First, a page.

Anglo-Saxon tribes of Britain. The name is derived from when the Hallowall family once lived near a holy spring having derived from the Old English terms halli, which meant holy, and welle, which meant spring. There are several place-names that are also derived from these words, including Halliwell in Lancashire, Holwell in Dorset and Oxfordshire, and Holywell and Northumberland.
Early Origins of the Hallowall family
Lancashire where they held a family seat from very ancient times, some say well before the Norman Conquest and the arrival of Duke William at Hastings in 1066 A.D.
Early History of the Hallowall family
Another 149 words (11 lines of text) covering the years 1200, 1535, 1548, 1564, 1649, 1686 and 1655 are included under the topic Early Hallowall History in all our PDF Extended History products and printed products wherever possible.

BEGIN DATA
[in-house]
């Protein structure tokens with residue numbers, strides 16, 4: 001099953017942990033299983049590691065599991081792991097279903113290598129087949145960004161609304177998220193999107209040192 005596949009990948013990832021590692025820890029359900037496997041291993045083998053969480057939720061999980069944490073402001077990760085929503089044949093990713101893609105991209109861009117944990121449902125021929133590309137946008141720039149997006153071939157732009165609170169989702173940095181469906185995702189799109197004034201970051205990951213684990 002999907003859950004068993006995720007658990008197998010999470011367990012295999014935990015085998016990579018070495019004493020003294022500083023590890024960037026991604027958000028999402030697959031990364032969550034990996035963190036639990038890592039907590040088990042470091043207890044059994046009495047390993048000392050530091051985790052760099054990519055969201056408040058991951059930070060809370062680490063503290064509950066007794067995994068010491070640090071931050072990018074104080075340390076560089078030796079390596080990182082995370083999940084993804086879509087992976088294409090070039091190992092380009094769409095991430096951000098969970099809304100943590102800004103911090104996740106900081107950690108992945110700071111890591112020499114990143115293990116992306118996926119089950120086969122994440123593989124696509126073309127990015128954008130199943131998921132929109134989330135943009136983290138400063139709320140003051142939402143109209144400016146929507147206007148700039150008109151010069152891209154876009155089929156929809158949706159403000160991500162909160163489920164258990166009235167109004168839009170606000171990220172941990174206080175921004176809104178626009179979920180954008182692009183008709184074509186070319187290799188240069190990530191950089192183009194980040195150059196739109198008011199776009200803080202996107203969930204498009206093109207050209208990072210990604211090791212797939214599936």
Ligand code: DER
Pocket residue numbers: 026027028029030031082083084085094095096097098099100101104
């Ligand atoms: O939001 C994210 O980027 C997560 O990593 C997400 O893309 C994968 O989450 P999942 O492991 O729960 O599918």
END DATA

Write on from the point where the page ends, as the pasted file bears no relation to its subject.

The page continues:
Hallowall Spelling Variations
spelling variations were common, even among the names of the most literate people. Known variations of the Hallowall family name include Halliwell, Halligwell, Haliwell and others.
Early Notables of the Hallowall family (pre 1700)
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Migration of the Hallowall family to the New World and Oceana
For political, religious, and economic reasons, thousands of English families boarded ships for Ireland, Canada, the America colonies, and many of smaller tropical colonies in the hope of finding better lives abroad. Although the passage on the cramped, dank ships caused many to arrive in the New World diseased and starving, those families that survived the trip often went on to make valuable contributions to those new societies to which they arrived. Early immigrants bearing the Hallowall surname or a spelling variation of the name include: Richard Halliwell settled in New York State in 1774.
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